3 Perpetual Myths for How to Improve Credit Scores

The world of personal finance, debt and credit scores can be a scary and confusing place. While there's a lot of helpful information about there to be found, there are also piles of misinformation as well. To help you navigate through the personal finance trenches, let's take a look at three big myths for how to improve your Fair Isaac Corporation score, as well as some solid steps that will actually help you improve your score.

Myth 1: Cancel Credit Card Offers
Although cancelling credit card offers may de-clutter your kitchen table, there's no evidence it'll improve your credit score. Credit card offers are considered "soft" inquiries, which don't have an impact on your score . Along the same lines, if you're worried that a checking your own credit score will lower it, don't be! Checking your credit score is also a soft inquiry and won't hurt your FICO score. The path to perfect credit is attainable, you just won't get there faster by cancelling offers.

Myth 2: Close Out Old Accounts
Sorry folks, closing those old paid-in-full accounts won't boost your score -- and it could actually hurt it . Credit reporting agencies like Equifax Experian, and TransUnion want to see long credit histories that are in good standing. When you close an account you, theoretically, shorten your credit history.


Creditors want to see that you've had a long history of responsible and diversified borrowing. When you have more credit available, and don't use it, your credit utilization rate stays low and can help increase your score. Keep in mind that some accounts will stay on your history even after they're closed. So if you're hoping to get rid of previously delinquent accounts but paying them off and canceling the account, it won't work.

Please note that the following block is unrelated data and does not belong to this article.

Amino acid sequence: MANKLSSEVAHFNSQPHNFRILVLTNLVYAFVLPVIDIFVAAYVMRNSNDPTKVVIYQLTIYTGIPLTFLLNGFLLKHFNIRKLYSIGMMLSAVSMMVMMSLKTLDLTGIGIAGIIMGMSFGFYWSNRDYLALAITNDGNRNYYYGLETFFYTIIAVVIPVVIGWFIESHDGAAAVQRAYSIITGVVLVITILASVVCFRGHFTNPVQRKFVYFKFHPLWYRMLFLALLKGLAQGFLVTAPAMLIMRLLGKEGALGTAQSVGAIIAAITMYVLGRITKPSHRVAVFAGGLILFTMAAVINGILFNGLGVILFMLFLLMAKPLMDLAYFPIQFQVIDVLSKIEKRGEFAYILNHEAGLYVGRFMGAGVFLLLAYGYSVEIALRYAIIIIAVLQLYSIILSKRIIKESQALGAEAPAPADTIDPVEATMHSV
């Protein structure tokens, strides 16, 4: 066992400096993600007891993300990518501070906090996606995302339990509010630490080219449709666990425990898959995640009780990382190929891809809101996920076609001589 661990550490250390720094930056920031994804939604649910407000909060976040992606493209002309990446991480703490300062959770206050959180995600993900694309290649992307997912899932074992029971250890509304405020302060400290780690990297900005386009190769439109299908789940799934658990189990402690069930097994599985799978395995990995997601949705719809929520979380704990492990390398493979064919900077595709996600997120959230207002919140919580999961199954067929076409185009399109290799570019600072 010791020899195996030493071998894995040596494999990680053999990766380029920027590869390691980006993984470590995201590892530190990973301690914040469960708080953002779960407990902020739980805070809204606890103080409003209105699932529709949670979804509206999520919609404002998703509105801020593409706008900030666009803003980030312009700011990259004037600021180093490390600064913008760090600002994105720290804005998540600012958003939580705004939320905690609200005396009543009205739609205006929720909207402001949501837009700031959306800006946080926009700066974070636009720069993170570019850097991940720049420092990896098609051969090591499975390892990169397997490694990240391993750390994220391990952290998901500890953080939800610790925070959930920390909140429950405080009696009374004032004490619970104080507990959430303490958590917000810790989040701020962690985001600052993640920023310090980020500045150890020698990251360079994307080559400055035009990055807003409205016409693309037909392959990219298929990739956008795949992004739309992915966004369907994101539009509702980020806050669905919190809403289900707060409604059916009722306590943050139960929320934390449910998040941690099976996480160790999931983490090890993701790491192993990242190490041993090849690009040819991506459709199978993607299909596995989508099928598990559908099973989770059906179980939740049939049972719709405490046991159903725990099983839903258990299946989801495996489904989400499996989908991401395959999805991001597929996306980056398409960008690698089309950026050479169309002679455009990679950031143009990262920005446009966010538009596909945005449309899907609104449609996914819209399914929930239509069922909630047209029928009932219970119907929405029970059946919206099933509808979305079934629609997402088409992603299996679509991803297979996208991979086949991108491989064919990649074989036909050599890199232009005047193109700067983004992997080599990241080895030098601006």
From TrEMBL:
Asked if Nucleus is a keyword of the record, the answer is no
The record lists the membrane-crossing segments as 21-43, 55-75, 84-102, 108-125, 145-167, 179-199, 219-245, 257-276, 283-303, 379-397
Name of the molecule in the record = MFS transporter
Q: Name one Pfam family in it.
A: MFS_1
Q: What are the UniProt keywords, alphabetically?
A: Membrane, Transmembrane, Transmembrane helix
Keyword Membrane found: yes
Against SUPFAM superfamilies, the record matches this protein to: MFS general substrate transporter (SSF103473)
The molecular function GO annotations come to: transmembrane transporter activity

Myth 3: Buy Better Credit
Although many companies out there promise they can improve your credit score if you pay them money, it's simply not true. If you've missed payments, you can't pay to make those records go away.

What can be done is to dispute legitimate discrepancies on your credit report .  But be careful about hiring a company to do this. Some will send a lot of letters to credit agencies about your account, but won't actually find out what should be disputed and what shouldn't be. You'll end up spending money and won't have fixed anything.

How to really improve a credit score
One of the first steps to improving your credit is to be proactive. Find out what your score is and make sure the accounts and payment history are correct. With so much information flowing into the credit agencies, finding a problem on your account isn't unusual. You can get a free annual credit report by going here: www.annualcreditreport.com.

Fellow Fool and personal finance expert Dayana Yochim says your credit history and total amount you owe make up 65% of your credit score. So keep the regular payments coming. Also, keep credit usage low. Some institutions, like Bank of America , will tell you that using up to 50% of your available credit is OK . But let's be honest, it's in the interest of those banks to have you using up your credit. A better bet would be to use 30% or less of your available credit, while 10% or lower should be your ultimate goal. If you're trying to figure out which debts to knock out first, start paying off any no-money-down financing plans you have.

Although it can seem overwhelming, it is possible to improve your credit score in months, not years -- so get started today! 

After it's all settled
Once you've figured out what to do with your personal debt and your credit score is all in order, one of the best financial investing approaches is to choose great companies and stick with them for the long term. The Motley Fool's free report "3 Stocks That Will Help You Retire Rich" names stocks that could help you build long-term wealth and retire well, along with some winning wealth-building strategies that every investor should be aware of. Click here now to keep reading.

 

The article 3 Perpetual Myths for How to Improve Credit Scores originally appeared on Fool.com.

Fool contributor Chris Neiger has no position in any stocks mentioned. The Motley Fool owns shares of Bank of America. Try any of our Foolish newsletter services free for 30 days. We Fools may not all hold the same opinions, but we all believe that considering a diverse range of insights makes us better investors. The Motley Fool has a disclosure policy.

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